What If My Employer Says that I Caused My Injury?
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What If My Employer Says that I Caused My Injury?

Your employer may try to deny workers’ compensation benefits because they say you caused your own workplace injury. Your employer may even refuse to report your injury to the workers’ compensation insurance company. Many workers before you have been in this situation, so the law provides you with some protections so that you can get benefits.

Usually, your employer cannot deny you benefits even if you caused your workplace injury. There are a few typical situations when you might cause your own injury:

  • Horseplay or assault initiated by you
  • Violating workplace safety rules
  • Intentionally self-inflicted injury
  • Intoxication

In the first two situations, you most likely can receive benefits. Horseplay or assault in the course of your employment, that relates to your job, is compensable under Minnesota law. However, if you engaged in the horseplay for purely personal reasons and just happened to be at work when it happened, your employer does not have to pay up. Even violating workplace safety rules or disobeying your employer’s instructions will not cut off your right to benefits in many cases. There are some rare situations when violating the rules leads to no benefits, to be discussed in another blog.

On the other hand, if you intentionally self-inflicted your injuries at work, then your employer may not have to pay you any benefits. The burden is on your employer to show that it was an intentional injury. However, in some cases, relatives of a worker who commits suicide at work may receive death and dependency benefits if they can prove that the nature of the job led to the worker’s emotional or psychological problems.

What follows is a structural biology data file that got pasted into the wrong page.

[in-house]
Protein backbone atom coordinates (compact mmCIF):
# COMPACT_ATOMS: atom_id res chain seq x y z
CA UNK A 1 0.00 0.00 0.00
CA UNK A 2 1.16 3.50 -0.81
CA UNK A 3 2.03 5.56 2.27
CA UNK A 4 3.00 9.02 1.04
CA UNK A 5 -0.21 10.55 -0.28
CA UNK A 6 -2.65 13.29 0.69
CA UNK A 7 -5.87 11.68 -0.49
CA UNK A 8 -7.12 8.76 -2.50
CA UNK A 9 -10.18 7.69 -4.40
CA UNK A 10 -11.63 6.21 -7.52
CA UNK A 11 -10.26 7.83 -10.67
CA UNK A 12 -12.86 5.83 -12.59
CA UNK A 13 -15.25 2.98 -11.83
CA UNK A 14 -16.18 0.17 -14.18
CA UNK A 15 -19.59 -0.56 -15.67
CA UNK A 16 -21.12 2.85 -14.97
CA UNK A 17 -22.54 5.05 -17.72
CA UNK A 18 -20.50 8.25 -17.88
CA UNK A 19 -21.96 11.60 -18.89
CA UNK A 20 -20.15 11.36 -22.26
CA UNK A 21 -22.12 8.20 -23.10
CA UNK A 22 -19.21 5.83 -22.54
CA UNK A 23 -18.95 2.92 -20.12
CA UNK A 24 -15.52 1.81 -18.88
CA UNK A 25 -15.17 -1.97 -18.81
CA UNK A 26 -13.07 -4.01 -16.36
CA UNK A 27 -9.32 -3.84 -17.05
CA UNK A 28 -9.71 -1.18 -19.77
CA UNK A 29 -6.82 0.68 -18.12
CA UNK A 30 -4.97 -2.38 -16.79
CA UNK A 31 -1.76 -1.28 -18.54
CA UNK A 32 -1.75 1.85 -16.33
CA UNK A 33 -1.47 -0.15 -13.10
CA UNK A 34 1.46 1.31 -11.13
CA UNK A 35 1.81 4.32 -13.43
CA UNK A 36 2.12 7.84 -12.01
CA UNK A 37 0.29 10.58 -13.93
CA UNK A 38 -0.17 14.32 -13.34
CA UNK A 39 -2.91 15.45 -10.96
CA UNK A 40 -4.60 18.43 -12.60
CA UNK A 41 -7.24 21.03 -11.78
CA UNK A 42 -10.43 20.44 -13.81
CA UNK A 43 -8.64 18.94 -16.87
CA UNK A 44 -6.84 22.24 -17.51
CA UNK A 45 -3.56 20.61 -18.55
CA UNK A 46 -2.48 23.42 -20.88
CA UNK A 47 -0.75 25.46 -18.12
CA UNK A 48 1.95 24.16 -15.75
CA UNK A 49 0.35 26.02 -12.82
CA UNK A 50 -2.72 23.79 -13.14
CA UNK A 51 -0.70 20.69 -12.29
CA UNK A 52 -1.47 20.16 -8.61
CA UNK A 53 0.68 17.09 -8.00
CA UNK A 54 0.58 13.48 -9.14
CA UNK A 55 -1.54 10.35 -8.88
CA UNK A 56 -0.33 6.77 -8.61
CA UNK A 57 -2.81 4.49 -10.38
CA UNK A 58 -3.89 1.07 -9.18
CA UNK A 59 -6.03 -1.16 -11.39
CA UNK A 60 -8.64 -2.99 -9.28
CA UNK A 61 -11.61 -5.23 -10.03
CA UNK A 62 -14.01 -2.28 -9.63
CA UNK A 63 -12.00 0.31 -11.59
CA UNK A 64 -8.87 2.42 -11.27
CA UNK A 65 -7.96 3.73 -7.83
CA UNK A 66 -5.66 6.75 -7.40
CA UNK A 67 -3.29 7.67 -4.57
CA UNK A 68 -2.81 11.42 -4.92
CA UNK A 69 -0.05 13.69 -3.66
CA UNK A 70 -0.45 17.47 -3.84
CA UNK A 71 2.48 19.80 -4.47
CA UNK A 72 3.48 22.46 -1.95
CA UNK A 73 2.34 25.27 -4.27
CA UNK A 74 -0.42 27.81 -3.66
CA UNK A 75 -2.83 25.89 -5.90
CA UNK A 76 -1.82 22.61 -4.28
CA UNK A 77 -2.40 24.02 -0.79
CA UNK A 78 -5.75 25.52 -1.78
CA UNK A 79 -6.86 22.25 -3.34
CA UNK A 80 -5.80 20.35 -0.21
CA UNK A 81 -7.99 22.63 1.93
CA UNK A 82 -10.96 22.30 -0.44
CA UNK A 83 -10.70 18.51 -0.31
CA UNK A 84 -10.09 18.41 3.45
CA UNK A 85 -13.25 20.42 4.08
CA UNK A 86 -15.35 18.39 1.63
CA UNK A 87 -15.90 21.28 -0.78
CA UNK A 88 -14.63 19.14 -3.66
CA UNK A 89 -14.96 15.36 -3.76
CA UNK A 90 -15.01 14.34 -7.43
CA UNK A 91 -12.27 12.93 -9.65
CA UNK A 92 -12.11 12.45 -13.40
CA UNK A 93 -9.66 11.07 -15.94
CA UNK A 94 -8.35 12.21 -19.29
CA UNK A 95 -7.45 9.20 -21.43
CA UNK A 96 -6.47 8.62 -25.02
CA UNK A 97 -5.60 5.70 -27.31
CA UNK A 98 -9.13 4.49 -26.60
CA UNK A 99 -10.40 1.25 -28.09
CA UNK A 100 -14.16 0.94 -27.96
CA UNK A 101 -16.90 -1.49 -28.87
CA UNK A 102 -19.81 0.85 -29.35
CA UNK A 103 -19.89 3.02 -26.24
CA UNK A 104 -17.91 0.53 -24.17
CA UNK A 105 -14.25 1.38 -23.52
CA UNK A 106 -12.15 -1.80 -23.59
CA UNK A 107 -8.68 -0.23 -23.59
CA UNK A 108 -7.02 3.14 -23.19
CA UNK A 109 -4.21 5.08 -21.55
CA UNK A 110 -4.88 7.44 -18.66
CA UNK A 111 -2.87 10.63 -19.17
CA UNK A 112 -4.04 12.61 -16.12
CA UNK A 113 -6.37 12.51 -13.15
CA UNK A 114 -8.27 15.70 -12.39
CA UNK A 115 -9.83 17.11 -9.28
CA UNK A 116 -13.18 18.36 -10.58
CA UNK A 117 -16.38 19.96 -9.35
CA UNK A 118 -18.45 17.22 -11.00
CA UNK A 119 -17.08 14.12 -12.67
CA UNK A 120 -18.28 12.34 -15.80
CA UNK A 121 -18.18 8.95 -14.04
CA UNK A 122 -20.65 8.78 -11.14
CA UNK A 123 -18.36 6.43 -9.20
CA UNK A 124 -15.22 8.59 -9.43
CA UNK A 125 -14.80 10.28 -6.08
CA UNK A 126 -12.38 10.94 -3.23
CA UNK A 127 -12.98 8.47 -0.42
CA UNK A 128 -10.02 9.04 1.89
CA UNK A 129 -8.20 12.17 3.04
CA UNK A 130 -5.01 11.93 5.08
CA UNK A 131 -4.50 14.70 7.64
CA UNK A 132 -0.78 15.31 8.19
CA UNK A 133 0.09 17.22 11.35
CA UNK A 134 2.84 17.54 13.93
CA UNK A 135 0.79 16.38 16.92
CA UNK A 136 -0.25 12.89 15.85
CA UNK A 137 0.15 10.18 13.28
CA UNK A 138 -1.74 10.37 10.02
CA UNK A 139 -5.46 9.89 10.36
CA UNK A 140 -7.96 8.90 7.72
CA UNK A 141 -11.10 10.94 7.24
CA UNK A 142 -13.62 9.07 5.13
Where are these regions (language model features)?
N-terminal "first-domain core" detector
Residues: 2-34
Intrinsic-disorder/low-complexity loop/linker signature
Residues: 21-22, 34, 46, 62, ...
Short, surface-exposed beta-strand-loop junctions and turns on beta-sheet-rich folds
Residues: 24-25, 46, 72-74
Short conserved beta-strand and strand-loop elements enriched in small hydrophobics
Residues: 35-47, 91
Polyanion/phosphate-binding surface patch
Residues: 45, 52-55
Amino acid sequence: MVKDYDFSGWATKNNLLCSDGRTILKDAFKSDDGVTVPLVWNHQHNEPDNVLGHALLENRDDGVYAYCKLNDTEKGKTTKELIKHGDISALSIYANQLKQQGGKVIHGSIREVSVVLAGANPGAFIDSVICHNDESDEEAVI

In addition, if you get injured on the job while you are drunk or under the influence of a drug, then your injuries may not be compensable. The employer has to show that your intoxication directly caused your injury. It must have been the only real cause of the injury, not just a contributing factor.

Workers who are accused of causing their own workplace injuries probably need legal representation to fight benefits denials. Your lawyer can remind the employer that it has the burden of proof, or develop evidence to show that work situations led to your injury.

Need help getting workers’ compensation for your injury? Joe Osterbauer, Esq. and the Osterbauer Law Firm stand up for injured Minnesota workers’ rights. Joe’s 27 years of workers’ compensation experience and his team’s speedy service combine to get clients the results they need. To schedule a free consultation, visit Osterbauer Law Firm online or call Joe’s office at (612) 334-3434.